It’s National Health Center Week, and we’re celebrating the Greater Lowell Community Foundation (GLCF), a community partner that’s stepped up BIG TIME during the COVID crisis.
Thanks to the small, yet mighty GLCF team for helping us to care for our patients and keep our employees safe.
Even before Governor Baker declared a State of Emergency, GLCF began offering grants to obtain PPE, disinfectant, and hand sanitizer — all in short supply, but vital to keeping people safe and preventing infection.
That meant President & CEO Jay Linnehan would show up at our door with masks, gowns, and hand sanitzer on what seemed like a daily basis. And we weren’t alone. So many area nonprofits had similar experiences.
Jay is quick to deflect credit: “We didn’t do that on our own. We had help from so many generous donors and suppliers.”
And it underscores one thing (of many) that makes community foundations special: The ability to quickly marshal philanthropic support and mete out the bounty. Says Jay, “We leave no stone unturned, and we are able to move quickly.” That “quick flip” has been vital during the pandemic.
It’s also why the Mass COVID-19 Relief Fund turned to community foundations, including GLCF, to help distribute emergency grants throughout the state. This meant distributing an amazing $2.3 million to 100-plus local nonprofits, large and small. No easy task. Zooming seemingly around the clock and poring over a spreadsheet that would have made most of us go cross-eyed, the team made sure assistance went where it was most needed.
GLCF support has certainly been vital to making sure that social distancing doesn’t prevent the Health Center’s 34,500 patients from accessing care. GLCF/MA COVID funding supported unanticipated costs, like beefing up our call center to meet increasing demand, adjusting medical interpretation to accommodate telehealth, and providing critical, multi-lingual outreach to the community with a focus on Spanish, Portuguese, Khmer, Arabic, and Swahili.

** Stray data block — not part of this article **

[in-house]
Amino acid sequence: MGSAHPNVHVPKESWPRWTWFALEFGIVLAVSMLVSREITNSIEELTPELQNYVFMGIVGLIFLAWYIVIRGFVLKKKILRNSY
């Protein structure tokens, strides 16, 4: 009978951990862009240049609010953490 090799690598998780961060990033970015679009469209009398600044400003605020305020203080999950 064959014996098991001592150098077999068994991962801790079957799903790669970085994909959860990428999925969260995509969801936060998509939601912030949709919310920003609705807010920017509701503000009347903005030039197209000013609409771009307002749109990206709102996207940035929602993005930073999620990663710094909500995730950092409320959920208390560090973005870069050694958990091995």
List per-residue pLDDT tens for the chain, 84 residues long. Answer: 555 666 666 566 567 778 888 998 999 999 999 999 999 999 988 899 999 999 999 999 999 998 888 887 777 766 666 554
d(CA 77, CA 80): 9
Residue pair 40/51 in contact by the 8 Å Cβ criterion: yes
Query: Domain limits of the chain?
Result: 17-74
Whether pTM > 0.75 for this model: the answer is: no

As Jay points out, “We’ve learned something new every day throughout this crisis. But for me, what I hadn’t realized is how many people are stretched to the margins. Food, shelter, clothing, getting out ever-changing health information, everything was in jeopardy.”
Founded in 1997, GLCF has earned the trust of the communities it serves, and the philanthropists who make its work possible. That trust has been critical during this pandemic. “We know our community partners, organizations like Lowell Community Health Center, and the incredible work they do,” says Jay.
At GLCF, the focus has always been on bringing together the financial resources of individuals, families, and businesses to support effective nonprofits in their communities. Like here at the Health Center, the GLCF’s Board is comprised of community members who serve as the foundation’s “eyes and ears.”
“We’re able to align philanthropy with community needs because we’re boots on the ground,” says Jay.
“To say we are thankful for GLCF would be an understatement,” says Susan West Levine, CEO of Lowell CHC. “They are there for us in the best of times. And clearly, they are here for us in one of the most difficult of times.”
Jay notes, “There is still much work to be done for the communities we serve and making sure there is a focus on equity and access as they recover. The Health Center is one of our crucial partners in that.”
Something tells us this team will continue to roll up its sleeves to get the job done.